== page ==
Canelo Alvarez Becomes 4 Division Champion; Outclasses Callum Smith To Become Unified Champ at 168
Pound-for-Pound champion Canelo Alvarez dominated the No. 1 168-pound champion Callum Smith to become a four-division champion at the Alamodome in the main event of DAZN’s final show of 2020
SAN ANTONIO, Texas (December 19, 2020) — Canelo Alvarez was the last major name in boxing, out of just a few fighters, to make his 2020 appearance. The Mexican superstar took the circuitous route in returning to the ring. He shed longtime promoter Golden Boy Promotions, explored a Pay Per View fight with Premier Boxing Champions Super Middleweight Caleb Plant, and eventually settled on bringing undefeated WBA and Ring Super Middleweight champion Callum Smith to America.
Familiar faces Eddie Hearn, Matchroom Boxing and DAZN were all along the for the ride. So was Smith by the time the fight really got going.
Despite giving up seven inches of height, and over seven inches of reach, Alvarez dominated Smith from all three levels. The champion competed early, but by the late-second and third round, it became clear that class was going to become an issue quickly.
Canelo (54-1-2, 36 KOs) seized control of the fight, battered Smith round after round, and basically cruised to a full world title in his fourth division. The 30-year old Smith (27-1, 19 KOs) fought to be able to exit the ring with his respect. He fought the second half of the fight with a bloodied face, and with just a few rounds to go he reassured his team that he was capable of finishing the fight without any concerns of him being endangered.
The team deferred to his judgment, he finished the fight, but in the end Alvarez’ hand was raised as the new WBA, WBC champion of the world.
Observing the fight, it was difficult to get past the height difference between the defending champion Smith and Pound-for-Pound performer Alvarez. Oddly, the smaller Alvarez was able to jab effectively with Smith through the first two rounds.
Alvarez stalked Smith through the first two rounds, and continued to do so into the third round. Smith jabbed and bent down at times to shoot punches to Alvarez’ body. Alvarez exploded with hooks from time to time, giving Smith additional threats to be concerned about besides the jab.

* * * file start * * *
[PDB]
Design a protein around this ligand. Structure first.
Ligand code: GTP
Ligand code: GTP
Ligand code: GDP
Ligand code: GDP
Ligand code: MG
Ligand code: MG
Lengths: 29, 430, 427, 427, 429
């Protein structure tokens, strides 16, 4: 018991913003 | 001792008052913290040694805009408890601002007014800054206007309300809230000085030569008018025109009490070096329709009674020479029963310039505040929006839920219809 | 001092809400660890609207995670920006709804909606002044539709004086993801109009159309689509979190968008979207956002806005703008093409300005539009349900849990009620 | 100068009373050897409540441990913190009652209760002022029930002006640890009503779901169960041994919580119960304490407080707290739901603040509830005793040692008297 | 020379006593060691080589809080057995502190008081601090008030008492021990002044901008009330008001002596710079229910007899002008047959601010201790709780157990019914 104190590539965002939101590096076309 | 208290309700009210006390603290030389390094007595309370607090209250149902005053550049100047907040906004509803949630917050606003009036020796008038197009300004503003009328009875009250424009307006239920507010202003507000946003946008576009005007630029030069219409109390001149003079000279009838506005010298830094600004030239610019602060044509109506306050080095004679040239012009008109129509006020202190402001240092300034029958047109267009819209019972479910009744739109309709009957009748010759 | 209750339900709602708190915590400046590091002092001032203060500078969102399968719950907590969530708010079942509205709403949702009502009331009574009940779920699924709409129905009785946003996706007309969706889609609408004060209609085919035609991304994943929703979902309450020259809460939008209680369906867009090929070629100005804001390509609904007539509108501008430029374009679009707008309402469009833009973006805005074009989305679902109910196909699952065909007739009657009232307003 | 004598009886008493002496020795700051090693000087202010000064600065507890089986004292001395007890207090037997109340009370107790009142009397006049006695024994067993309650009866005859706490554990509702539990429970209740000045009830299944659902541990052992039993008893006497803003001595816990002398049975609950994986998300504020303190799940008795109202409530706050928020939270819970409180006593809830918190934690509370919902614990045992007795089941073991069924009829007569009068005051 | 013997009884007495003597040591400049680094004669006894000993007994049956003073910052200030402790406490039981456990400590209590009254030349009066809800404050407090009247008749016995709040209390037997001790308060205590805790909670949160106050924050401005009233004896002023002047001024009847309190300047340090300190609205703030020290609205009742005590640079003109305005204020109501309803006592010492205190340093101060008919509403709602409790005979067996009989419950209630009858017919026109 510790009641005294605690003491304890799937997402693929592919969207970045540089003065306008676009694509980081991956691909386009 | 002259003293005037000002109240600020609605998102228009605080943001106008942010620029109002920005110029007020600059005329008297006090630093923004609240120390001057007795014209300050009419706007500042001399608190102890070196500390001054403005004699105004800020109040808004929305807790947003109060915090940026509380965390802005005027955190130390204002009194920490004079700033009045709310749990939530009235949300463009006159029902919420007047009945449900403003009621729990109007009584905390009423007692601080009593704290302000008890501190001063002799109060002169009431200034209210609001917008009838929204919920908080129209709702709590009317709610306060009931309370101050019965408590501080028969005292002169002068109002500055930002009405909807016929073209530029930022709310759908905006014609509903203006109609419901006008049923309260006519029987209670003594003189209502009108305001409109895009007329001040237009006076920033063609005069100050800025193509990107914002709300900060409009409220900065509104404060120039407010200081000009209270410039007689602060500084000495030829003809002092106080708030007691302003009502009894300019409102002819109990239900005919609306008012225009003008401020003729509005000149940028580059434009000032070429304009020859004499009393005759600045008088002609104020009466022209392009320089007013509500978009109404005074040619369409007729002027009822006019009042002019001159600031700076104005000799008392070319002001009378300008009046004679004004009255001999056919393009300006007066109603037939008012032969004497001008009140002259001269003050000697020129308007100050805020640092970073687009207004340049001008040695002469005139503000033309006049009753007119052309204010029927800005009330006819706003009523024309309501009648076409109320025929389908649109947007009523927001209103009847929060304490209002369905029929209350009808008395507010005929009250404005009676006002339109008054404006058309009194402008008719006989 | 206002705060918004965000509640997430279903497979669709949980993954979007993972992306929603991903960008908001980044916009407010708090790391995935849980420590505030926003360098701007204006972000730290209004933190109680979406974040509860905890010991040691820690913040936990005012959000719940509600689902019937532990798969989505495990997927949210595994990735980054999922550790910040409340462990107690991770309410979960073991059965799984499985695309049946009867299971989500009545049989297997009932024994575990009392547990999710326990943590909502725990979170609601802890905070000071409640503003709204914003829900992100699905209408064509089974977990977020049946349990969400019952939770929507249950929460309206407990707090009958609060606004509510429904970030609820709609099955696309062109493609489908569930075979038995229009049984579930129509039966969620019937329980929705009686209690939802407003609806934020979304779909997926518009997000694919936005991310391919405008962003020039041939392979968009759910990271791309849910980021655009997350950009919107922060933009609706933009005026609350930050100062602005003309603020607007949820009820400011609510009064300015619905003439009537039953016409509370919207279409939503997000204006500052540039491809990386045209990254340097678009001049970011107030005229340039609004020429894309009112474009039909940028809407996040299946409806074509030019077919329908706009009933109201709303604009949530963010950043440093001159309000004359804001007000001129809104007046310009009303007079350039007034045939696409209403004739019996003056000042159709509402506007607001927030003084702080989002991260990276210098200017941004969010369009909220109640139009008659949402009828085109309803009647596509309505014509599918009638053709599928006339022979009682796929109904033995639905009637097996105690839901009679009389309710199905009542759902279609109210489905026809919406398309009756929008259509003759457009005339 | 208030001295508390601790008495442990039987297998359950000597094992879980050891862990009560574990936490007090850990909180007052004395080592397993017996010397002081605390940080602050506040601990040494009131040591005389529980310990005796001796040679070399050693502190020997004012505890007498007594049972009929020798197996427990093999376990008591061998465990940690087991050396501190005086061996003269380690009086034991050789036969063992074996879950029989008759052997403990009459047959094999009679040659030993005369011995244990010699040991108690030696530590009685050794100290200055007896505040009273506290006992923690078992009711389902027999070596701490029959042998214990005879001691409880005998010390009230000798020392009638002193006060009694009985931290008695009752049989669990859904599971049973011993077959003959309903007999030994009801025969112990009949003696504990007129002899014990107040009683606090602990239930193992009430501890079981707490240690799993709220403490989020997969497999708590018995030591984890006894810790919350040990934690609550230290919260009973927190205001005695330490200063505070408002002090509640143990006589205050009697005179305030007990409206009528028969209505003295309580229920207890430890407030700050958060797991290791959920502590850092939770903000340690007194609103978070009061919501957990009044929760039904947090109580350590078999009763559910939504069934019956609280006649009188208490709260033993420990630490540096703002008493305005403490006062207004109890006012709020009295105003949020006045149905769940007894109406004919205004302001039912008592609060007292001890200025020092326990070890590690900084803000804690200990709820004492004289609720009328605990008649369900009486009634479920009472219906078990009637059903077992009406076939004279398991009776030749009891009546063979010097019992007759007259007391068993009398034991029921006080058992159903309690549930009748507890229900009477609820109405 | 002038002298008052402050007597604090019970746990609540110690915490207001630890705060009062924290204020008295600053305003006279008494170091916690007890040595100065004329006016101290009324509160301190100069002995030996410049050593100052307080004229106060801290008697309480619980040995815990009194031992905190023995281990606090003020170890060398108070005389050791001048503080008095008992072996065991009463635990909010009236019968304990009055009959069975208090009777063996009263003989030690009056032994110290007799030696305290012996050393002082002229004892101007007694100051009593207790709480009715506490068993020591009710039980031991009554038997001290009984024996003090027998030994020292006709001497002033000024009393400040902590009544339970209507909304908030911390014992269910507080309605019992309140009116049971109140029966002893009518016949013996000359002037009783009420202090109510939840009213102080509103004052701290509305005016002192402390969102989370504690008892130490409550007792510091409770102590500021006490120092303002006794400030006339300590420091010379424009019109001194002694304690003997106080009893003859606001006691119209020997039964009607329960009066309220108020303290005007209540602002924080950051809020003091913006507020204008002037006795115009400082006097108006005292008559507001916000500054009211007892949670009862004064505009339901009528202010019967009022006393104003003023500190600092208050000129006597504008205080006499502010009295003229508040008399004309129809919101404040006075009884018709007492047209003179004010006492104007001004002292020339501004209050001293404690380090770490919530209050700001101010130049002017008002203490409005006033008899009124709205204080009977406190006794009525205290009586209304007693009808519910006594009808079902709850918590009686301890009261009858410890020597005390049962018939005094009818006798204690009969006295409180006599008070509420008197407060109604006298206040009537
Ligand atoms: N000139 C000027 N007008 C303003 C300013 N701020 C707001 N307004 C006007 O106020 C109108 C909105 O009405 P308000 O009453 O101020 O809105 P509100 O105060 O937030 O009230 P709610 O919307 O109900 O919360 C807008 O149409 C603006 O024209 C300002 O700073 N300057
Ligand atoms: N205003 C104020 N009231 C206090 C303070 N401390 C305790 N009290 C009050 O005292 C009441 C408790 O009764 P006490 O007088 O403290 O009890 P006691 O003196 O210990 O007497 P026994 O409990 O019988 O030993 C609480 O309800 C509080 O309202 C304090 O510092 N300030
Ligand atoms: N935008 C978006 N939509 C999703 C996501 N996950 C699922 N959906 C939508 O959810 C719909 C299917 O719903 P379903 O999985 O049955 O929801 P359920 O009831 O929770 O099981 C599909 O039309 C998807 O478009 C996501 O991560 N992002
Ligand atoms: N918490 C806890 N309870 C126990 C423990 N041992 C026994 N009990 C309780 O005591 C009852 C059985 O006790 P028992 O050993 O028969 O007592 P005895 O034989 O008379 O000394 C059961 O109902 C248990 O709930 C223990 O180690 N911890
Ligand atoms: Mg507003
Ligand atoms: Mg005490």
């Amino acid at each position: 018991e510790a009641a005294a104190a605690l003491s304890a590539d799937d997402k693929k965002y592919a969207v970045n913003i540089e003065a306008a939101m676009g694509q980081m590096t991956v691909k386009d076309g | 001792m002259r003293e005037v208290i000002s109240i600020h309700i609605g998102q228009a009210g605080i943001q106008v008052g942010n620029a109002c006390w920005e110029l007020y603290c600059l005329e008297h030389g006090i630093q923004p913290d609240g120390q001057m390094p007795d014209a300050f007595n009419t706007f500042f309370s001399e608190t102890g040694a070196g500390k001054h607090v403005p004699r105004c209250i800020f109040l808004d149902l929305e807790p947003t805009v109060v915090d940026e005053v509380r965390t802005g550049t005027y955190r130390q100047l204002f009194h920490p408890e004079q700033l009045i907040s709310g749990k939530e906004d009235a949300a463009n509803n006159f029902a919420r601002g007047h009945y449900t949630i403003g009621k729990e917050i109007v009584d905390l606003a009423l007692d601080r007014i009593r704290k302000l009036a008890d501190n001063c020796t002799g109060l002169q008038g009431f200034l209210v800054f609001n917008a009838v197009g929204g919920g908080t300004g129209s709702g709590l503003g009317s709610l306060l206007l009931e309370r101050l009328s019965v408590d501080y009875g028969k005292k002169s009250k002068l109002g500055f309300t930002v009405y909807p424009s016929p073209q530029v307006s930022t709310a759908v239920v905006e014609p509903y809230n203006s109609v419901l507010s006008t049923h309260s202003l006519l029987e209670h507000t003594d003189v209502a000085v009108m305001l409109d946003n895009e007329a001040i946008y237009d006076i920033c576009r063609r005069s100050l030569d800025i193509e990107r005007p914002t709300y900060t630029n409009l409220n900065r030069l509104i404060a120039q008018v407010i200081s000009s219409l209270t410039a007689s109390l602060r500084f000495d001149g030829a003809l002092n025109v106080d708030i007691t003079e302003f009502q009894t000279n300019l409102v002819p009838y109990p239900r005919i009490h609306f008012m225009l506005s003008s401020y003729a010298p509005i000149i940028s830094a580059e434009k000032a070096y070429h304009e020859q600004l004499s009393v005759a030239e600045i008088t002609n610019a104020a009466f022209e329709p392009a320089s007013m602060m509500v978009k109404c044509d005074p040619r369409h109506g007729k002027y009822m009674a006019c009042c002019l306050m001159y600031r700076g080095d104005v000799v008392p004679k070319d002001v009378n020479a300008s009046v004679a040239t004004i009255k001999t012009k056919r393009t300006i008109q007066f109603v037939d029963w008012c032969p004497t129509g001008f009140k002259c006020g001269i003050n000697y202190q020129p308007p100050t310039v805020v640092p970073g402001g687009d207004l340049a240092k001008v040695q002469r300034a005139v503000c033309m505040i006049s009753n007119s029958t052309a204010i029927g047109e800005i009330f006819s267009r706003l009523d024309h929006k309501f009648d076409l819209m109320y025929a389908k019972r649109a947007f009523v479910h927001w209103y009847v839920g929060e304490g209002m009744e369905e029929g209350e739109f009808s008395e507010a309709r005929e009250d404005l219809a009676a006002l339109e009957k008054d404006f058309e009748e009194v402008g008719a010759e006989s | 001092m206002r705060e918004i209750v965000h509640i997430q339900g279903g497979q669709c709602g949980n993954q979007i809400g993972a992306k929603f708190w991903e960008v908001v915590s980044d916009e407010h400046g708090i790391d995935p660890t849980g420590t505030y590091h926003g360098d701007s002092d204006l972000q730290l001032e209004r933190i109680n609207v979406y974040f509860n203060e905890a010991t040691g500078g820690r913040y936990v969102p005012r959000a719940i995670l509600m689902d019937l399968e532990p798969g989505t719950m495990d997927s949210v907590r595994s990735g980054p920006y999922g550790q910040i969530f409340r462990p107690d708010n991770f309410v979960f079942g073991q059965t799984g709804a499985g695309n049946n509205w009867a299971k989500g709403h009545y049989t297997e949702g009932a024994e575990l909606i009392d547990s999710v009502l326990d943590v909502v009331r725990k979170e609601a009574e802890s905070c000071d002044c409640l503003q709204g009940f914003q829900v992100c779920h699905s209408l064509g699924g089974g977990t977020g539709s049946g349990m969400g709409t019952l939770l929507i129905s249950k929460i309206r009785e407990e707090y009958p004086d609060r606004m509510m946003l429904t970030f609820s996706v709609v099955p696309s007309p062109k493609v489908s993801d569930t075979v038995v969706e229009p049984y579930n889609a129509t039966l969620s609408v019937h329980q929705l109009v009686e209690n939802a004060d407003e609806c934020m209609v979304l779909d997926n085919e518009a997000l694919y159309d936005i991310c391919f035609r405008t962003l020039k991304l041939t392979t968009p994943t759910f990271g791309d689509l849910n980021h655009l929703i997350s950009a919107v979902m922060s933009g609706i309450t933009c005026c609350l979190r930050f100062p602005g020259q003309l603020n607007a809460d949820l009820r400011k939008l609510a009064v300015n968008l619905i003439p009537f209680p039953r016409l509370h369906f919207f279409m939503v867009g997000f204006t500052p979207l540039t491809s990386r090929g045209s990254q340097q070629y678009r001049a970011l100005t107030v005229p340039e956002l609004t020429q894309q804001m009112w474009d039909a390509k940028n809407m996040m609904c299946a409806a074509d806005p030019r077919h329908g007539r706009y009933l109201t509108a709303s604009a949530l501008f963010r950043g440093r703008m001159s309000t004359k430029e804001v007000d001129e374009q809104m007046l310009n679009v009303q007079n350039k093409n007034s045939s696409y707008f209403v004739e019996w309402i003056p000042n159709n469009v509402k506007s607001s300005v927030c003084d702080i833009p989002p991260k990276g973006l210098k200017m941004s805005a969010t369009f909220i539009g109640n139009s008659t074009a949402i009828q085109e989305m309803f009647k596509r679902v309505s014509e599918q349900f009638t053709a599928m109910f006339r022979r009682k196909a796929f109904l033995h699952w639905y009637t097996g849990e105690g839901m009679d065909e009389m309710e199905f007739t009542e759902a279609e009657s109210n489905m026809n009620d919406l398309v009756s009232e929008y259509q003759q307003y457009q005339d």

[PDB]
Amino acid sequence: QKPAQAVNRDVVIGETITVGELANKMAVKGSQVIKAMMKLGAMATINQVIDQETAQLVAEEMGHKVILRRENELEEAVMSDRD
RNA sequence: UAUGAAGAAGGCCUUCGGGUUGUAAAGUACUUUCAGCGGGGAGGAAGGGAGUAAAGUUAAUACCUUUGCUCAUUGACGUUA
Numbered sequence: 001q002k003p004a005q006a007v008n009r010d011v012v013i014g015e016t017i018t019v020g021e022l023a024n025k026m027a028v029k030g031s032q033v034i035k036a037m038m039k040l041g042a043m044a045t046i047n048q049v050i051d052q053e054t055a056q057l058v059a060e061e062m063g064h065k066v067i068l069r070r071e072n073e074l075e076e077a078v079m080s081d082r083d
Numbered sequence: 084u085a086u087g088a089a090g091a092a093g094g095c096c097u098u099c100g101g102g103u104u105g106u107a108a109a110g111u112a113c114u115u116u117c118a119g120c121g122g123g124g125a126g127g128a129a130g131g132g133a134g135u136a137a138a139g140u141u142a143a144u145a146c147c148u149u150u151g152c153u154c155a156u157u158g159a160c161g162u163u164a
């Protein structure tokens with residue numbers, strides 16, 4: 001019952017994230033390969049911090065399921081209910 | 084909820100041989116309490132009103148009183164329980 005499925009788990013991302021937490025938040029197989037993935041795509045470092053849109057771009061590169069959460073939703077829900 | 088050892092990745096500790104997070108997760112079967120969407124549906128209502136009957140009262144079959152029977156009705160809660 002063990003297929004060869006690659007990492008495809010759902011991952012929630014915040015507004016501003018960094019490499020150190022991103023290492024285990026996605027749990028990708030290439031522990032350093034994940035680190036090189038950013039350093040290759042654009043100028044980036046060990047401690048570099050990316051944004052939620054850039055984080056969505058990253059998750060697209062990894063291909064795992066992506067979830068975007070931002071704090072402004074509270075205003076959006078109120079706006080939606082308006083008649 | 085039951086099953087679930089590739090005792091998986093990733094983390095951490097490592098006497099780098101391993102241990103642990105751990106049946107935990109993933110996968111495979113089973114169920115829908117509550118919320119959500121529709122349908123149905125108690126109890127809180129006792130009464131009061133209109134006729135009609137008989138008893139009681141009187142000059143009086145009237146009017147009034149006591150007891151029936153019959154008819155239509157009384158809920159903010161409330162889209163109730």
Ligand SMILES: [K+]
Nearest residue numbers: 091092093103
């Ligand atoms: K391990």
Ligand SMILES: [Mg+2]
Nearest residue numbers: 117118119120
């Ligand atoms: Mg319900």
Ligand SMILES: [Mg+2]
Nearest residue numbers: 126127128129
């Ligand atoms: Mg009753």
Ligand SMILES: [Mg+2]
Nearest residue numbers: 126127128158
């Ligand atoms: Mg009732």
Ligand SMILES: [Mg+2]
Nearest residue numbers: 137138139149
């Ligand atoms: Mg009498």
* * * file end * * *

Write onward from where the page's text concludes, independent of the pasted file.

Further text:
Smith went away from his jab in the fourth round. He opted to look for shots from mid-range to inside – body work and uppercuts. This decision brought him into harm’s way. Alvarez slowed down over the second half of the round, after sniping Smith earlier in the round.
Smith was on the back foot again in Round 5. Smith tried to work up and down, but Alvarez covered up on much of the punches as if they were telegraphed. Smith stayed on the move mostly, but Alvarez didn’t force the issue over the second half of the round.
Alvarez controlled the center of the ring through the first minute of Round 6. Smith continued backing away. He through his jab, but with limited success. Smith’s activity disrupted Alvarez’ momentum to a degree, but he landed few effective punches, and
Alvarez popped his jab to open Round 7. He marched forward and Smith jabbed in spots. Smith landed a left hook to the body of Alvarez. Alvarez finally trapped Smith in a corner just before the final minute, only a little got through but seconds later he was successful with an uppercut. Smith’s hands remained active, but the champion accomplished little to outscore Alvarez.
Alvarez pressured the champion over the first two minutes of Round 8. Finally Smith fired away with several left hooks. He slipped in a short right hook from mid-range. Alvarez moved inside and responded a right uppercut. Under 30 seconds, Alvarez landed a sharp jab, and Smith connected with a quick combination.
Alvarez landed a big looping right hand to open Round 9. Smith responded with a big right hand before the end of the first minute. Alvarez came back with a great sequence of punches. With about 90 seconds to go Alvarez landed a combination with Smith on the ropes. Smith looked hurt for a moment. Alvarez hurt Smith again with less than 30 seconds to go. Blood poured down Smith’s face over much of the second half of the round. After the round Smith’s corner informed him they’d only watch about another round.
Alvarez marched forward in Round 10 after some early lighter punches from Smith. Alvarez attacked Smith’s body with about 90 seconds left. Smith grimaced. Smith tried to fight back, but Alvarez’ attack became methodical. After a two-handed combination from Alvarez with less than 15 seconds to go, Smith spun off the ropes and lowered his hands to relax and take a deep breath.
Smith’s chief objective, after quite a few rounds, appeared to become crossing the finish line as opposed to winning the fight. He continued to throw punches, but it seemed to be a matter of that was what he was supposed to do.
The two tapped gloves to start the final round. Alvarez closed the distance immediately. Both men threw punches. Alvarez’ attack was more meaningful. Smith did just enough before tying up with about 80 seconds left in the fight. With about 20 seconds to go Smith found the clock to see how much longer he had to go. The two finished the fight with a light jab each, Alvarez added a left hook to the body, and Smith looked relieved as he tapped gloves before walking off with his blood-stained white trunks.
The scorecards officially made Alvarez a four-division champion with scores of 117-111 and 119-109 on two cards. With his 54th victory, Alvarez became the WBA and WBC Super Middleweight champion. In December of 2018 he stopped Rocky Fielding to win the WBA regular title at 168 pounds.
Photos by Ed Mulholland/Matchroom